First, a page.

Session 11
Simple Input Forms

Input Forms

Do you remember the concatenation script from the session on object selection? It combines two sounds with a silence interval of 1 second in between:

first_sound = selected ("Sound", 1) second_sound = selected ("Sound", 2) selectObject: second_sound samp_freq = Get sampling frequency sil = Create Sound from formula: "silence", 1, 0, 1, samp_freq, "0" selectObject: second_sound copy = Copy: "tmp" plusObject: sil plusObject: first_sound Concatenate Play removeObject: copy, sil

If you want the script to be more flexible regarding silence duration, the easiest solution would be to declare silence duration at the beginning of the script (we already discussed this principle in other contexts):

sil_dur = 1 first_sound = selected ("Sound", 1) second_sound = selected ("Sound", 2) selectObject: second_sound samp_freq = Get sampling frequency sil = Create Sound from formula: "silence", 1, 0, sil_dur, samp_freq, "0" selectObject: second_sound copy = Copy: "tmp" plusObject: sil plusObject: first_sound Concatenate Play removeObject: copy, sil

With the declaration in place, changing silence duration is simply a matter of changing the assigned value. But in fact, this is only simple for the script author. If the script is distributed, scripting affine people can be instructed how to adapt the script, but naïve Praat users might be out of their depth when asked to change a variable assignment.

And there's another scenario where script customization by editing declarations inside the script is unfeasible: If you use the script often enough you may want it integrated in the Praat GUI, so it's always handy when you work with sounds. For instance, you can create a permanent menu item in the Combine menu called Concatenate with silence (read Scripts as Buttons to learn how to do that). Then you can select two sounds, click on your personal menu item, and enjoy the result—no need to load the script and fiddle with the script editor. Very convenient, right? But what with variable silence duration? Surely, you don't want to load the script and adapt the duration declaration every time you need a new silence duration. No, what you really want is for the script presenting you with a neat form and asking you to specify the duration before it does its magic. This is implemented with 4 lines of code (has to be typed, no help from command history here):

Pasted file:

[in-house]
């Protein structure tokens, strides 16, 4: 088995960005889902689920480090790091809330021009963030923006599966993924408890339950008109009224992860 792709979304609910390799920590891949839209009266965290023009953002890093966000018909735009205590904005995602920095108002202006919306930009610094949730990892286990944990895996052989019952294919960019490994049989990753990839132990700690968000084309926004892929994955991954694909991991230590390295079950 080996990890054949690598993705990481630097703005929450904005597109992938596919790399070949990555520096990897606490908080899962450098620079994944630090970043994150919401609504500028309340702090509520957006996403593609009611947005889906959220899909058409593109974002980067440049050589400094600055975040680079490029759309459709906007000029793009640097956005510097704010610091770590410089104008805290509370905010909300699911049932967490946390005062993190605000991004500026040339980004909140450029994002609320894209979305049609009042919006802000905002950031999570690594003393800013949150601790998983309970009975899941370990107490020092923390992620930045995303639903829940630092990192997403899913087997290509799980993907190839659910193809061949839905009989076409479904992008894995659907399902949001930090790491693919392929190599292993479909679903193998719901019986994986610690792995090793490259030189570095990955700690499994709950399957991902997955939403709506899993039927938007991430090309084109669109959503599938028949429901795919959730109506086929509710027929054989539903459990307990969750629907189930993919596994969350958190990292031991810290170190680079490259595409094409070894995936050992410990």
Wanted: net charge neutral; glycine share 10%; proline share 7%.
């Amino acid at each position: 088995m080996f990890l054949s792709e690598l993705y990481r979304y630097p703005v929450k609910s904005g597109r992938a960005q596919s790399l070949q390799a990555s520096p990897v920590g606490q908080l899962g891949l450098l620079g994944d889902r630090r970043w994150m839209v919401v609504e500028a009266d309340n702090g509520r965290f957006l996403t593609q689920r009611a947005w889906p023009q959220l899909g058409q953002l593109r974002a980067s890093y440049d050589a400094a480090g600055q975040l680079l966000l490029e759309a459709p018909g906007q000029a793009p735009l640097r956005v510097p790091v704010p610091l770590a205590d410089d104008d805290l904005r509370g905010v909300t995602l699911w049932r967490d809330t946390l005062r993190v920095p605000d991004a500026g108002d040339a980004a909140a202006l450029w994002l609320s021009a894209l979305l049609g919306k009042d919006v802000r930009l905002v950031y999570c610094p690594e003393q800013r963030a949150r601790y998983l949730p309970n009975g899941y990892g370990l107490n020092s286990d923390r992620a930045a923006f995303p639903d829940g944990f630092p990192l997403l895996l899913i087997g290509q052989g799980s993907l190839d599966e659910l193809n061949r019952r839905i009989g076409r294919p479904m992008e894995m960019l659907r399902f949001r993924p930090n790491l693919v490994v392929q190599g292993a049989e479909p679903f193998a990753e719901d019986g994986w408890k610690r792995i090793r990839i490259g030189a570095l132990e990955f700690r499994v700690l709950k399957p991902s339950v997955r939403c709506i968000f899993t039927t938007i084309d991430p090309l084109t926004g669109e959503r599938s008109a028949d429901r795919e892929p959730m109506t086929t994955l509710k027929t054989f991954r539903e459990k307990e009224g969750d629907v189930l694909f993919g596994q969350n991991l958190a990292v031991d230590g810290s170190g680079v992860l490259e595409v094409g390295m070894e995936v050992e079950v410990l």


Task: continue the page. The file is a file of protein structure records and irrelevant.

form Concatenate with silence comment Specify duration of silence between sounds. positive Silence_duration_(s) 1 endform

As soon as this script is launched the following form window pops up:

Let's have a closer look at the code and compare it to the resulting window. The definition of a form always starts with the keyword form. As you can see in the screen shot, the rest of the line becomes the title of the window containing the form. It has to be a literal string (without double quotes, for a change) and it is obligatory. endform concludes the form definition, everything in between defines the content of the form (indentation is optional but recommended).

The form-construct is a relict that obeys to the outdated rules of the old Praat scripting syntax. These rules weren't yet aware of the benefits of colons, commas, and double-quoted strings. Therefore, throughout form definitions, you have to dispense with colons after commands, commas between arguments, and quotes around strings.

Input forms are
composed of fields

A form definition consists of a sequence of field definitions, one field definition per line. Fields are the boxes (or, as you'll see in a minute, buttons or menus) where the user input is conceived. Our form contains a special 'field', one that doesn't conceive any input: a comment. This is followed by a input box for the silence duration. Every field definition starts with the declaration of the field's type. The first field in the example is of the type comment, which is just some text to communicate with the user. The comment itself—a literal string without double quotes—follows the type declaration separated by a space.